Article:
ACL repair helps your speedy return to the sport after a painful knee injury.
There are probably fewer injuries more distressing to a sportsperson than an ACL tear because it keeps him/her away from the sport for a long time.
The anterior cruciate ligament or ACL is a major tissue, critical to the stability of our knee because with the PCL (posterior cruciate ligament) it ties the thigh bone and the shin bone together. While PCL injury is rare, the ACL injury or tear accounts for nearly 50% of all leg injuries occur in sports.
Both ACL and PCL are responsible for sliding the lower leg forward and backward in order to generate movements. ACL, in particular, provides the stability of the knee joint, especially during quick side-to-side motions.
Symptoms of an ACL tear
A torn ACL is usually a 2nd-degree or a 3rd-degree sprain that refer to a partially torn or a completely torn ligament. You may experience:
- Sudden pain, moderate to severe.
- A loud pop or snap during the injury.
- Swelling of the knee within the 1st 24 hours of injury.
- Difficulties in straightening the knee or walking.
- Inability to weight bearing.
Common wisdom supported by medical observation, is that the torn ACL simply cannot heal on their own, probably because the torn sides of the ligament aren’t able to get closer to fasten themselves back into one unit.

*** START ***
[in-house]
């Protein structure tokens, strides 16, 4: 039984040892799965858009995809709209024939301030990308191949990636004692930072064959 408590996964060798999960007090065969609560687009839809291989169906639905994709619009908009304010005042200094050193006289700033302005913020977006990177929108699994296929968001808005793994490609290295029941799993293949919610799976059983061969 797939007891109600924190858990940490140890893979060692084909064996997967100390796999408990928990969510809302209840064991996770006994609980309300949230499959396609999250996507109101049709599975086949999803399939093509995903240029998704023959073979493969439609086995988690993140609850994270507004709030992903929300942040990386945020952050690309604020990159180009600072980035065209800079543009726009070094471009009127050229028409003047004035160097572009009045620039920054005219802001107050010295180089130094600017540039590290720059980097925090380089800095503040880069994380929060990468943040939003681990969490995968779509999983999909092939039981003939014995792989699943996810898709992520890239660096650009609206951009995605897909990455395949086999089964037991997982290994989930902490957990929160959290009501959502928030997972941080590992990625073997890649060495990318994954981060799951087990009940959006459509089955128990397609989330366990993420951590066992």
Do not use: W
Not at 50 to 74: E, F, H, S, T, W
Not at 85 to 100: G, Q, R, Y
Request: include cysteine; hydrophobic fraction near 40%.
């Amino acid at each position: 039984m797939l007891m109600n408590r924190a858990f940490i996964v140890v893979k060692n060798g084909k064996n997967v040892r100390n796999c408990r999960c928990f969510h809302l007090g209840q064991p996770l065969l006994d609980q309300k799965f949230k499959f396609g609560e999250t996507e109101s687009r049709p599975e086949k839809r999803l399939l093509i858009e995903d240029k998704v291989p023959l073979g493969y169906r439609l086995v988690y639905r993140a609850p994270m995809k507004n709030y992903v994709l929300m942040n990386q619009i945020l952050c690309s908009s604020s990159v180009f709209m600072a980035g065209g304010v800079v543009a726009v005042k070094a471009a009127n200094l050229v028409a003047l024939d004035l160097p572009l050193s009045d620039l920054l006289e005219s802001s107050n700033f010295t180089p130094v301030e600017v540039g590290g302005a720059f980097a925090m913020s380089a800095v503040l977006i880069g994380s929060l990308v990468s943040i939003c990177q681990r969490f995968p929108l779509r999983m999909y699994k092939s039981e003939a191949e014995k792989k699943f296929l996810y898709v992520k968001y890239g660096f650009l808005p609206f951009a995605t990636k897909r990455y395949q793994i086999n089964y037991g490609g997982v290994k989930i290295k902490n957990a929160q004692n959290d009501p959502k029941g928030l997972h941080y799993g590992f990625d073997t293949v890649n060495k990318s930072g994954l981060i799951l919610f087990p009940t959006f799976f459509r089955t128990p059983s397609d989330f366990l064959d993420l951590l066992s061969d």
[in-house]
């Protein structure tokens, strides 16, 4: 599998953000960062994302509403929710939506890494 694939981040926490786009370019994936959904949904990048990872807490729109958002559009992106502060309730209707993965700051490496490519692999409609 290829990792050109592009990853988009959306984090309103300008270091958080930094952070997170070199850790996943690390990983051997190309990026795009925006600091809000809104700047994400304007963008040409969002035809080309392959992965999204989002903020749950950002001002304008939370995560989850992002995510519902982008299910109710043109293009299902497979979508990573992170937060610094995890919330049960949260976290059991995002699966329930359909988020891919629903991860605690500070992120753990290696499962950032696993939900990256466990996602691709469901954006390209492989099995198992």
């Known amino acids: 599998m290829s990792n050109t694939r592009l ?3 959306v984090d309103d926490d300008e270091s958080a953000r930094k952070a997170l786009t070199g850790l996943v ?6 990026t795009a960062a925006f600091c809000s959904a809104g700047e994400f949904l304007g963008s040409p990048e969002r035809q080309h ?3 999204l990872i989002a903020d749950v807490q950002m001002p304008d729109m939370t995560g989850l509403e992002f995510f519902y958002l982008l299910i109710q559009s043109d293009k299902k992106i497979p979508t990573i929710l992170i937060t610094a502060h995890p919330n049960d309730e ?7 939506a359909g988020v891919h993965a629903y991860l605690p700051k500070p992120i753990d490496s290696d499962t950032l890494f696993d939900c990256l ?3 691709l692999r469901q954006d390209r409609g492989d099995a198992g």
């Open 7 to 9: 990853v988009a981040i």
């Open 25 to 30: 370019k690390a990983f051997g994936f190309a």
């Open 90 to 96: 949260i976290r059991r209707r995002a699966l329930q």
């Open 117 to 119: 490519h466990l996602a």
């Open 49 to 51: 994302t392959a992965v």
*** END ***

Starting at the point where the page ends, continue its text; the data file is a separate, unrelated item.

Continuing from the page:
The only treatment option for a torn (or stretched beyond its limit) ACL till recently was reconstructive knee surgery. This would involve grafting of tendons to replace the torn ligament until the creation of new ligament by the body.
The ACL reconstruction is a complicated process and it usually takes an athlete nearly a year or so to get back to the sport. Studies indicate that ACL reconstruction may lead to a decrease in the strength of the knee and also to arthritis over time.
A new method of surgical treatment has emerged to heal the torn ACL from the femoral side is ACL repair. This has been possible due to improved imaging technique that helps to identify the tear location at the femoral side clearly.
This is a minimally invasive approach that repairs the torn ACL instead of using a tendon graft. The procedure is focused on maintaining the native tissue of the patient. The surgeon creates small incisions of typically 5-7 mm in diameter in the knee to repair the torn ACL. Further, a high tensile-strength braided suture is passed through the repaired ligament to provide additional support and strength.
ACL repair results in no or minimal atrophy, minimum pain, and more rapid functional recovery. The time taken for the surgery is much less and, in most cases, the patients get released on the same day or the next day.
However, ACL repair isn’t appropriate for all patients. At CMC Lancaster, our highly experienced ACL specialists will check your ACL tear meticulously and suggest whether the ACL repair would be suitable for your case or the traditional ACL reconstruction. Both types of surgical procedures are performed with the necessary diagnostics at the CMC Lancaster.